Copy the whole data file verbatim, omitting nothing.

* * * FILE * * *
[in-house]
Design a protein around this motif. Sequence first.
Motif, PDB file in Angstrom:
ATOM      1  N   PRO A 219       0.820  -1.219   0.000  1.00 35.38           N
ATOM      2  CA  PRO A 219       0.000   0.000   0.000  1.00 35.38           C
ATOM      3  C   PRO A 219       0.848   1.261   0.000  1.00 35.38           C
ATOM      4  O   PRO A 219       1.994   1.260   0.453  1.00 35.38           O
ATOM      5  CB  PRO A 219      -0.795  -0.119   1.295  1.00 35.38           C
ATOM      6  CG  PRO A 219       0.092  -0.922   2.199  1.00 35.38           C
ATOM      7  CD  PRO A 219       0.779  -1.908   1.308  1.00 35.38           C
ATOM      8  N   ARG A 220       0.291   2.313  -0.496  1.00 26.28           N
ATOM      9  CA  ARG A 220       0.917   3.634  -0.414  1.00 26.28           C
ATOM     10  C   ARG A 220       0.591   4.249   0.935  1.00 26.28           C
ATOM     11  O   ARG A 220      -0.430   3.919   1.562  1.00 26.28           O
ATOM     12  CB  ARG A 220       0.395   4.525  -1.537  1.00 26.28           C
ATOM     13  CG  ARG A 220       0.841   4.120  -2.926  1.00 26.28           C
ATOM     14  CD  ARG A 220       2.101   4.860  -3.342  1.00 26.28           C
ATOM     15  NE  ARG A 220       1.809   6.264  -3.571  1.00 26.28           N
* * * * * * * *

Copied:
[in-house]
Design a protein around this motif. Sequence first.
Motif, PDB file in Angstrom:
ATOM      1  N   PRO A 219       0.820  -1.219   0.000  1.00 35.38           N
ATOM      2  CA  PRO A 219       0.000   0.000   0.000  1.00 35.38           C
ATOM      3  C   PRO A 219       0.848   1.261   0.000  1.00 35.38           C
ATOM      4  O   PRO A 219       1.994   1.260   0.453  1.00 35.38           O
ATOM      5  CB  PRO A 219      -0.795  -0.119   1.295  1.00 35.38           C
ATOM      6  CG  PRO A 219       0.092  -0.922   2.199  1.00 35.38           C
ATOM      7  CD  PRO A 219       0.779  -1.908   1.308  1.00 35.38           C
ATOM      8  N   ARG A 220       0.291   2.313  -0.496  1.00 26.28           N
ATOM      9  CA  ARG A 220       0.917   3.634  -0.414  1.00 26.28           C
ATOM     10  C   ARG A 220       0.591   4.249   0.935  1.00 26.28           C
ATOM     11  O   ARG A 220      -0.430   3.919   1.562  1.00 26.28           O
ATOM     12  CB  ARG A 220       0.395   4.525  -1.537  1.00 26.28           C
ATOM     13  CG  ARG A 220       0.841   4.120  -2.926  1.00 26.28           C
ATOM     14  CD  ARG A 220       2.101   4.860  -3.342  1.00 26.28           C
ATOM     15  NE  ARG A 220       1.809   6.264  -3.571  1.00 26.28           N